Nelisiwe is from a poor family and the little money they have is to buy food. She does not have money to buy sanitary pads. But she and her mother have come up with a plan. Her mother, Boniwe Mtungwana, explains how they deal with the problem. "Nelisiwe understands that we are poor. So I taught her to use a black cloth that she washes and reuses. Sometimes I make pads for her by sewing up the cloth in a pad shape," she explains. "They sometimes cause a rash, but this is all we can do."
Boniwe says her daughter menstruates for seven days. "For the first three days I make her stay at home because this is the time she is bleeding heavily and she cannot take care of herself properly." This means three days in a month young Nelisiwe misses school.
Boniwe says it came as a shock when Nelisiwe began menstruating at 11. Menstruating at an early age is normal according to Sister Sierra Mnangalawa, a registered nurse who visits rural areas in KwaZulu-Natal. She educates girls about menstruation. She once met a girl who began menstruating at the age of eight. She knows all too well the problem of menstruating young girls and poverty. "A lot of girls use pieces of cloth (isidwedwe), toilet paper or newspaper due to poverty. I have come across Aids orphans with no means of buying pads."
Families frown on a girl who starts menstruating at an early age because they believe the child is sexually active or they see it as a curse. Illiteracy plays a big role in these myths and beliefs. Sister Sierra says children menstruate early because of the refined foods they eat, body size and other unknown reasons.
Melissa Weldrick, who runs the Always About You Puberty Programme in the Eastern Cape, says that every day she meets girls who are not able to afford pads. According to Melissa, in the five years she has worked as a field worker teaching girls about menstruation, nothing has changed. She says young girls around the country are experiencing the same problems as Nelisiwe. "Many of the girls stay at home while they are menstruating. Girls in the Cape call the pieces of cloth 'lappies'. Some use toilet paper or even newspaper as a last resort."
Nelisiwe's problems are similar to thousands of other girls in schools around the country who suffer because of this natural process. Menstruation is the release of blood and tissue through the vagina that occurs as part of the normal menstrual cycle. On average, menstruation happens every 28 days and stops only when a woman is pregnant, sick or she starts menopause.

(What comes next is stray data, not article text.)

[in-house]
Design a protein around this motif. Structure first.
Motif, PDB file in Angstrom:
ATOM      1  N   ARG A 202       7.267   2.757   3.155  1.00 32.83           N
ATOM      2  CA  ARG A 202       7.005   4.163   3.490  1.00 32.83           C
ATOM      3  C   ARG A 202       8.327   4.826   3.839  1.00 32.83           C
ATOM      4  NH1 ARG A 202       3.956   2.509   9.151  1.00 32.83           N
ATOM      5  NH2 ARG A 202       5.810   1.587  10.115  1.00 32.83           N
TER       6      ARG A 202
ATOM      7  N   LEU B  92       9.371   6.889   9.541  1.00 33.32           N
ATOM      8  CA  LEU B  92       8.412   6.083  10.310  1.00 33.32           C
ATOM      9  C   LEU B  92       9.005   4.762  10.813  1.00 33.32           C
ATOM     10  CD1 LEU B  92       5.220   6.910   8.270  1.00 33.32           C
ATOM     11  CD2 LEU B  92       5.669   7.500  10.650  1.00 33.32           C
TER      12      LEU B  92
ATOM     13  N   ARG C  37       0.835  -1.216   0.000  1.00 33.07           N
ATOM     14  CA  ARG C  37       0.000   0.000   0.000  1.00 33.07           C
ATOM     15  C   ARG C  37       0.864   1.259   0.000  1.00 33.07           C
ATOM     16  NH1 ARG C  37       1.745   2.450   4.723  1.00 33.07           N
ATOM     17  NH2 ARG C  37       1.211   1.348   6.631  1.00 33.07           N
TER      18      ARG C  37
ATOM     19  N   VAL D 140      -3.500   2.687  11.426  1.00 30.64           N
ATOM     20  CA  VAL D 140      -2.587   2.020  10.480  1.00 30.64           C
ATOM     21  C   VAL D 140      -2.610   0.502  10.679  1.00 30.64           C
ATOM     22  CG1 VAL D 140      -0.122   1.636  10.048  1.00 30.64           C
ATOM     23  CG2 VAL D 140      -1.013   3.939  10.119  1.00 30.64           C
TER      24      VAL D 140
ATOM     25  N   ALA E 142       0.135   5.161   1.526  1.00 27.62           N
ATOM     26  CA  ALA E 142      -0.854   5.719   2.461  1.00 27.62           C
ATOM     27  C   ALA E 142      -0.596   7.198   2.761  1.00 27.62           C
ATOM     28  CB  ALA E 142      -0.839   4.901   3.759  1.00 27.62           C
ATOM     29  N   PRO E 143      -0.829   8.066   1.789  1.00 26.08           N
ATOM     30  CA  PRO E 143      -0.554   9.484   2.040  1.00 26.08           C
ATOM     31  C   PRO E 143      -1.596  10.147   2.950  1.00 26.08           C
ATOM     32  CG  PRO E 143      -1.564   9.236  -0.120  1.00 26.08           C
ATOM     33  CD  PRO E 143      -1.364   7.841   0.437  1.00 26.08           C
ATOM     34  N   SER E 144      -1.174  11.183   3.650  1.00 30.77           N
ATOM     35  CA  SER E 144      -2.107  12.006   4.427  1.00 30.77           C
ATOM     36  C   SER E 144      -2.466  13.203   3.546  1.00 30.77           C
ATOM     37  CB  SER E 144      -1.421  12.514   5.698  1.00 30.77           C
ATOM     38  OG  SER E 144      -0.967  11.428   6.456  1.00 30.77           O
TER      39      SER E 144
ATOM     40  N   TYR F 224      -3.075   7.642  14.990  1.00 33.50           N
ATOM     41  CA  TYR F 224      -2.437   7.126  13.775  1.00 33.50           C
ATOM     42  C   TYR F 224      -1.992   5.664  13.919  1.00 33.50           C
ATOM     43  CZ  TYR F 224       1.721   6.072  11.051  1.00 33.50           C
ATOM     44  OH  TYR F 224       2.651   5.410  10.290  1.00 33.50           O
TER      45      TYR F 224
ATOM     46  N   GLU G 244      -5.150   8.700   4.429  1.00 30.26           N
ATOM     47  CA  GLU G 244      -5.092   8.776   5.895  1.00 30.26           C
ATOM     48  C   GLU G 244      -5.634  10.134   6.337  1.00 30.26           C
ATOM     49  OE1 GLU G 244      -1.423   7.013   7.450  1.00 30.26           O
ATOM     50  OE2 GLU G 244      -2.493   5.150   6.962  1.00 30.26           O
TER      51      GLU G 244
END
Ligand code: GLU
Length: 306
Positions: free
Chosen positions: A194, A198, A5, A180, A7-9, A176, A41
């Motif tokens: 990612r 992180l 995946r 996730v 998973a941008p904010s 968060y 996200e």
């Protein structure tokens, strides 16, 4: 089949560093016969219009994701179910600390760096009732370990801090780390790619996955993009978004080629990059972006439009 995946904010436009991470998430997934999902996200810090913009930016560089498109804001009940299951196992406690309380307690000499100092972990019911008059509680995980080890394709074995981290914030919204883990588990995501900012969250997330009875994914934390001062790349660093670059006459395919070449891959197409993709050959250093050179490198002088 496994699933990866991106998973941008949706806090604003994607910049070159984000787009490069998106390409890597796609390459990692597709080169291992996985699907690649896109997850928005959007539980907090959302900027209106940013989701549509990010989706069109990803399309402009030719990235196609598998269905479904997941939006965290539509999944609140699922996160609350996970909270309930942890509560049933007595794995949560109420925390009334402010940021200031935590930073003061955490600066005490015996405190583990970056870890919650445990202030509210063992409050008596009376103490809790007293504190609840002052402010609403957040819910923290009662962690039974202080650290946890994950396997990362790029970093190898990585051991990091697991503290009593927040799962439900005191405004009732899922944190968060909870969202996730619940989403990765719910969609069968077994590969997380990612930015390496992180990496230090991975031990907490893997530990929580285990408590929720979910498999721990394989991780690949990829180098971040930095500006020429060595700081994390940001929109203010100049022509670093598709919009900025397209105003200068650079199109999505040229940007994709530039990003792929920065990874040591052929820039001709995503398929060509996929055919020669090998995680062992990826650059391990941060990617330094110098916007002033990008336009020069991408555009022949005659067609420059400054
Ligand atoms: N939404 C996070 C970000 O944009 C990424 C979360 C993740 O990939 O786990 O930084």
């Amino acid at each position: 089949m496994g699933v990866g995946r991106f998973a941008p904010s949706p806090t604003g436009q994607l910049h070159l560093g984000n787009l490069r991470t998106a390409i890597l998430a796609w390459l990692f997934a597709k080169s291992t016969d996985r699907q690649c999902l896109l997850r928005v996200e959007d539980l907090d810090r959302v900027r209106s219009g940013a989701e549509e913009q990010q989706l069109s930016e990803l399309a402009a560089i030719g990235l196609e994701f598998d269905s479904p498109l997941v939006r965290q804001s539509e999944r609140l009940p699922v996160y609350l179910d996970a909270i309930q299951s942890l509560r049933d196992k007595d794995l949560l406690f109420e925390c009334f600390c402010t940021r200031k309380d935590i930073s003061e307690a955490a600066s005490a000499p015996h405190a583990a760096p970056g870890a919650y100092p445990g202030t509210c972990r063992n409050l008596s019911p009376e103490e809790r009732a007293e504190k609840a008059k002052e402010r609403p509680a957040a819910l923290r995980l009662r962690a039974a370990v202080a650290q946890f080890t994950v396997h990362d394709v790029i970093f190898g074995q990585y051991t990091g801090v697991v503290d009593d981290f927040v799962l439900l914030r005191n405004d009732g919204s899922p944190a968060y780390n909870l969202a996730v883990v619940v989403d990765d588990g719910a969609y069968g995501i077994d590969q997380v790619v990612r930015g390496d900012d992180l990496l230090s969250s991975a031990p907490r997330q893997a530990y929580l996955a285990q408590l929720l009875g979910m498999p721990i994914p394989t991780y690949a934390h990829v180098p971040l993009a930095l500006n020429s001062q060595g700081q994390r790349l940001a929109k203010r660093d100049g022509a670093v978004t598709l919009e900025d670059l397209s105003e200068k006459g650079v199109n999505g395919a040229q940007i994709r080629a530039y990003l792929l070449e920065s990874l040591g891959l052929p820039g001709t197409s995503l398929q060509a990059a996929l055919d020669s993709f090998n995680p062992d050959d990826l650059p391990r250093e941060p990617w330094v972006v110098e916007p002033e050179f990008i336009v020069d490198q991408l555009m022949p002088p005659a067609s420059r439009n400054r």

Princess Dineka, a guidance teacher at Thaba Jabula Secondary School in Soweto, says the problems faced by Nelisiwe are the same at their school. "Only about 40% of the girls can afford sanitary towels (pads). There are five girls in our school who cannot even buy toilet paper to use as pads. They use cloth and many use newspaper. We encourage girls to come up with R10 a month to buy pads.
"Many of the children at our school come from the squatter camps and the poverty levels are high," she says.
The cheapest pads cost about R8 a packet. On average, a woman will need two or three packets of pads a month, which will cost R24 a month.
As women know, sometimes neither pads nor toilet paper or pieces of cloth can prevent "an accident". What happens if a school-going child has an "accident"? "In an emergency we send her home to wash. If we have pads at school, then we will give it to the girls," says Princess. Both the Health Department and the Education Department say they are not responsible for ensuring that girls have access to pads when menstruating.
Maseiso Mhlambiso, a teacher at a school in Mount Fletcher, Eastern Cape, says the girls at her school are taught about menstruation in a subject called life orientation. "We always have children coming to say they have started menstruating. In such cases we send them home early. The school does not provide sanitary towels."
Sarah Lebeko, public relations manager at Proctor and Gamble, which makes sanitary wear, says the company did have a social responsibly programme to deal specifically with providing pads for girls who could not afford to buy them. "We have other social responsibility programmes in place. We have begun a programme in Kenya where poverty-stricken girls are provided with pads. We decided to start in Kenya because we realised that the levels of poverty were much higher than in South Africa."
Psychologist Cynthia Memela says parents should talk to with their children about menstruation. How a parent communicates about menstruation determines how the child will deal with it. "Unfortunately, some parents still have difficulties talking to their children, particularly on matters that are sexual in nature. Most of what they (the children) know is obtained from their friends on the playground, which is laced with myths."
Cynthia says the girls who are unable to buy pads may feel
shame and confusion. It is difficult enough for girls to start periods at a young age without having to deal with this issue.
A young girl still wants to play and behave like a child but menstruation might be a hindrance. "Worse still is when there are whispers among the family members about so-and-so who has received her 'first menses' and is now a woman," says Cynthia.
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What are your thoughts on this topic? Should the government be taking a more proactive role in supplying impoverished women with tampons and pads?